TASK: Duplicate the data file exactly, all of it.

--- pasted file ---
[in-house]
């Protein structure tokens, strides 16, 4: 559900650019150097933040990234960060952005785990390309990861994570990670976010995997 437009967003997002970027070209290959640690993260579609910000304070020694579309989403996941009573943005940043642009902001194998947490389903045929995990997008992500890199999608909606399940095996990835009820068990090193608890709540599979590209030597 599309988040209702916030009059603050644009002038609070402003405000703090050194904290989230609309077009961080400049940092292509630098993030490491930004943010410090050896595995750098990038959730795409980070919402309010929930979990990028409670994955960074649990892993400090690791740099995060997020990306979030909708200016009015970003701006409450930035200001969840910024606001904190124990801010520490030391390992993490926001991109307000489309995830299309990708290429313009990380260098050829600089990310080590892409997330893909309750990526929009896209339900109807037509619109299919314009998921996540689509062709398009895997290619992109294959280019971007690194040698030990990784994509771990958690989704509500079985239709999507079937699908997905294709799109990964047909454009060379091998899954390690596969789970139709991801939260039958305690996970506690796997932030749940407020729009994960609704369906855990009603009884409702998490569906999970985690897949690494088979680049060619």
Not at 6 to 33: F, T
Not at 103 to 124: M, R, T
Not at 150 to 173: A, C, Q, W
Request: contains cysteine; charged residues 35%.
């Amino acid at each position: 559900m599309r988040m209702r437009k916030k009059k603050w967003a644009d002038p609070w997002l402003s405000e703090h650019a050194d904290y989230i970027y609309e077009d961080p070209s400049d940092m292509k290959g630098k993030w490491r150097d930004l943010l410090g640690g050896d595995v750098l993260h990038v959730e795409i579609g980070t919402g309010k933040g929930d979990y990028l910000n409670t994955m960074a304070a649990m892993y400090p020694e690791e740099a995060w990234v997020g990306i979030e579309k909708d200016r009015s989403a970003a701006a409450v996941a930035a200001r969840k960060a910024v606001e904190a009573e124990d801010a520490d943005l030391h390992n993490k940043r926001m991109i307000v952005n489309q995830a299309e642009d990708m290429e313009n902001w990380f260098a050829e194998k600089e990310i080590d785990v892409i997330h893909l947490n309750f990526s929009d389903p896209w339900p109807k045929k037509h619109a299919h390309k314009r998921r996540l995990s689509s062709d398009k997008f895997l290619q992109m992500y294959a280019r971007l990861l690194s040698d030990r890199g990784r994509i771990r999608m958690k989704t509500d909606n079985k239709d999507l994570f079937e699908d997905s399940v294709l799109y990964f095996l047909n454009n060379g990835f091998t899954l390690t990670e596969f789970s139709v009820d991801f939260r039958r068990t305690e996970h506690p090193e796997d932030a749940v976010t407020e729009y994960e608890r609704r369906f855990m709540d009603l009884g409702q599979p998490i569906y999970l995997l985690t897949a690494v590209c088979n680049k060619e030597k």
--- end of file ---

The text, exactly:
[in-house]
């Protein structure tokens, strides 16, 4: 559900650019150097933040990234960060952005785990390309990861994570990670976010995997 437009967003997002970027070209290959640690993260579609910000304070020694579309989403996941009573943005940043642009902001194998947490389903045929995990997008992500890199999608909606399940095996990835009820068990090193608890709540599979590209030597 599309988040209702916030009059603050644009002038609070402003405000703090050194904290989230609309077009961080400049940092292509630098993030490491930004943010410090050896595995750098990038959730795409980070919402309010929930979990990028409670994955960074649990892993400090690791740099995060997020990306979030909708200016009015970003701006409450930035200001969840910024606001904190124990801010520490030391390992993490926001991109307000489309995830299309990708290429313009990380260098050829600089990310080590892409997330893909309750990526929009896209339900109807037509619109299919314009998921996540689509062709398009895997290619992109294959280019971007690194040698030990990784994509771990958690989704509500079985239709999507079937699908997905294709799109990964047909454009060379091998899954390690596969789970139709991801939260039958305690996970506690796997932030749940407020729009994960609704369906855990009603009884409702998490569906999970985690897949690494088979680049060619």
Not at 6 to 33: F, T
Not at 103 to 124: M, R, T
Not at 150 to 173: A, C, Q, W
Request: contains cysteine; charged residues 35%.
């Amino acid at each position: 559900m599309r988040m209702r437009k916030k009059k603050w967003a644009d002038p609070w997002l402003s405000e703090h650019a050194d904290y989230i970027y609309e077009d961080p070209s400049d940092m292509k290959g630098k993030w490491r150097d930004l943010l410090g640690g050896d595995v750098l993260h990038v959730e795409i579609g980070t919402g309010k933040g929930d979990y990028l910000n409670t994955m960074a304070a649990m892993y400090p020694e690791e740099a995060w990234v997020g990306i979030e579309k909708d200016r009015s989403a970003a701006a409450v996941a930035a200001r969840k960060a910024v606001e904190a009573e124990d801010a520490d943005l030391h390992n993490k940043r926001m991109i307000v952005n489309q995830a299309e642009d990708m290429e313009n902001w990380f260098a050829e194998k600089e990310i080590d785990v892409i997330h893909l947490n309750f990526s929009d389903p896209w339900p109807k045929k037509h619109a299919h390309k314009r998921r996540l995990s689509s062709d398009k997008f895997l290619q992109m992500y294959a280019r971007l990861l690194s040698d030990r890199g990784r994509i771990r999608m958690k989704t509500d909606n079985k239709d999507l994570f079937e699908d997905s399940v294709l799109y990964f095996l047909n454009n060379g990835f091998t899954l390690t990670e596969f789970s139709v009820d991801f939260r039958r068990t305690e996970h506690p090193e796997d932030a749940v976010t407020e729009y994960e608890r609704r369906f855990m709540d009603l009884g409702q599979p998490i569906y999970l995997l985690t897949a690494v590209c088979n680049k060619e030597k």